It has never been more important to have full control and understanding over the processing of your business documentation. Documents are an important part of how business operate – you need to have fast and easy access to all of the information you need to do your job. But it is also important not to simply keep a physical copy of every document you ever receive or print. Aside from the expense of storing a huge collection of documentation, having a large physical archive can present significant security risks.
It is necessary, then, to dispose of your documentation in a controlled and managed way. This needs to be safe from a security perspective but also environmentally friendly. The majority of businesses choose to periodically shred their documents – however, some are concerned that doing so is actually the wrong thing to do. This is typically due to myths and misconceptions about the practice, and how it relates to modern law and business practice.
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Here are some of the most commonly heard misconceptions on the issue of document shredding. We examine them and reveal the truth.
Myth: Shredding means losing information
Truth: Technology ensures you don’t need to lose anything
Businesses can be put off the idea of shredding their documents because they believe that doing so means losing access to that information. For example, they may have received only a paper copy of an invoice and feel the need to keep that physical copy on file. Inevitably there are some cases where this is true, but in the vast majority of examples it is actually possible to scan those documents and save them on your server (or to the cloud).
Advancing technology around document shredding mean that this is now easy and affordable – it’s something that any business can do easily.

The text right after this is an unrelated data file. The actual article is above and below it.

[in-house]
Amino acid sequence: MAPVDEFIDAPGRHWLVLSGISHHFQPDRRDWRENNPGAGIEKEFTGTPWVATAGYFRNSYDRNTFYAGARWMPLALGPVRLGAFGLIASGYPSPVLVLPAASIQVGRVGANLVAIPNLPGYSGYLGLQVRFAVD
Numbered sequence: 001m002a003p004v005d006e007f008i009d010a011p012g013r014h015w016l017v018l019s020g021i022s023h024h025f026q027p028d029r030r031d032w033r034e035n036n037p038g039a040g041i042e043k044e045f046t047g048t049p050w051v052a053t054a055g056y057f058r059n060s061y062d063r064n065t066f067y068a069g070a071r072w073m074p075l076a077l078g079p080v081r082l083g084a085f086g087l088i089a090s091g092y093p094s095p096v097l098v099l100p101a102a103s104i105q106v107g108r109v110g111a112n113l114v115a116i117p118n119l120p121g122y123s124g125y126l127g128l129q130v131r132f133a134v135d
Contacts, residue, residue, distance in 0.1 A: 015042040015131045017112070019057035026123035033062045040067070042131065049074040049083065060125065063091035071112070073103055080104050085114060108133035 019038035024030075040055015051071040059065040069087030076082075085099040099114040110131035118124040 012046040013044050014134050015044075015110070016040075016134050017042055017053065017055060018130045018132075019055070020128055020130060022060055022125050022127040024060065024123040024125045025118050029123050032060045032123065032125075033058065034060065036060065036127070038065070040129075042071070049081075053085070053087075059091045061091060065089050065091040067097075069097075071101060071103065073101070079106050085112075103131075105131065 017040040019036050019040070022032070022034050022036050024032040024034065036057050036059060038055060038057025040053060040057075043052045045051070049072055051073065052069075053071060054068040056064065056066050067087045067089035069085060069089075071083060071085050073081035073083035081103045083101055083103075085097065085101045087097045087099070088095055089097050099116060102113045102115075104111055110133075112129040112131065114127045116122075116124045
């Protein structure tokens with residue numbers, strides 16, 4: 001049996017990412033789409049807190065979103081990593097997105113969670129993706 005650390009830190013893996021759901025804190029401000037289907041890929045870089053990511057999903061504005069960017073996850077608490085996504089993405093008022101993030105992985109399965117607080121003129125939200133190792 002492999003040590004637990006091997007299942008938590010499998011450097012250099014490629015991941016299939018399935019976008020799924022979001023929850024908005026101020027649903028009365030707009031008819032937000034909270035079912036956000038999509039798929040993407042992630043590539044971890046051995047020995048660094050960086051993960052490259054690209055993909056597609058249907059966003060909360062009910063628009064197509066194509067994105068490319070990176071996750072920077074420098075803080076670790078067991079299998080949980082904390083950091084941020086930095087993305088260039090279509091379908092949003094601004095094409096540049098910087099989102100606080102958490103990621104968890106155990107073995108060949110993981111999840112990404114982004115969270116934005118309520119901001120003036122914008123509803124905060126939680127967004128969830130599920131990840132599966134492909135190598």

Myth: Shredding is too time consuming for a small business
Truth: Shredding services are extremely fast and efficient
For small businesses it may look daunting to see their huge archive of physical documentation and imagine how time consuming it would be to sit at a shredder, slowly feeding in paper. This can lead to them putting it off entirely, and then the task becomes larger and larger until it would simply take too long to have anyone do it.
For those businesses it is good news that you can outsource to fast and efficient shredding services. This quickly gets the job done and can provide your company with real peace of mind this process has been carried out correctly.
Myth: Throwing documents away is fine
Truth: Disposed of intact documents is very risky
There are still organisations that believe that it is not necessary to shred documentation – that paper can simply be put into a rubbish bag and thrown away. The logic here is that the documents will simply end up in a landfill.
However, it is important to note that criminals will go to extreme lengths to get hold of data perceived to be valuable. It is common for criminals to steal bags of paper documents found in rubbish piles.
Myth: If security is good, shredding isn’t required
Truth: Shredding is the only way to feel completely secure
A good reason to get into the right practice of shredding documents is that it helps to keep private data secure – it stops potentially valuable information from falling into the wrong hands. However, many organisations want to believe that their security is very good and that their team is completely trustworthy.
While we would all like this to be true, it can never be guaranteed. As new regulations such as the General Data Protection Regulation (GDPR) have come into force, it has never been more important to be taking full care of personal data. Shredding physical documents ensure that this data can’t be misused.
Myth: Recycling is better than shredding
Truth: Recycling and shredding are not mutually exclusive
Many businesses that are environmentally conscious think: shouldn’t paper simply be recycled? The answer is yes, but that doesn’t mean that it shouldn’t be shredded first. You can have the documents shredded and then recycled to ensure that you are doing the right things from an environmental perspective, but also keeping your data secure.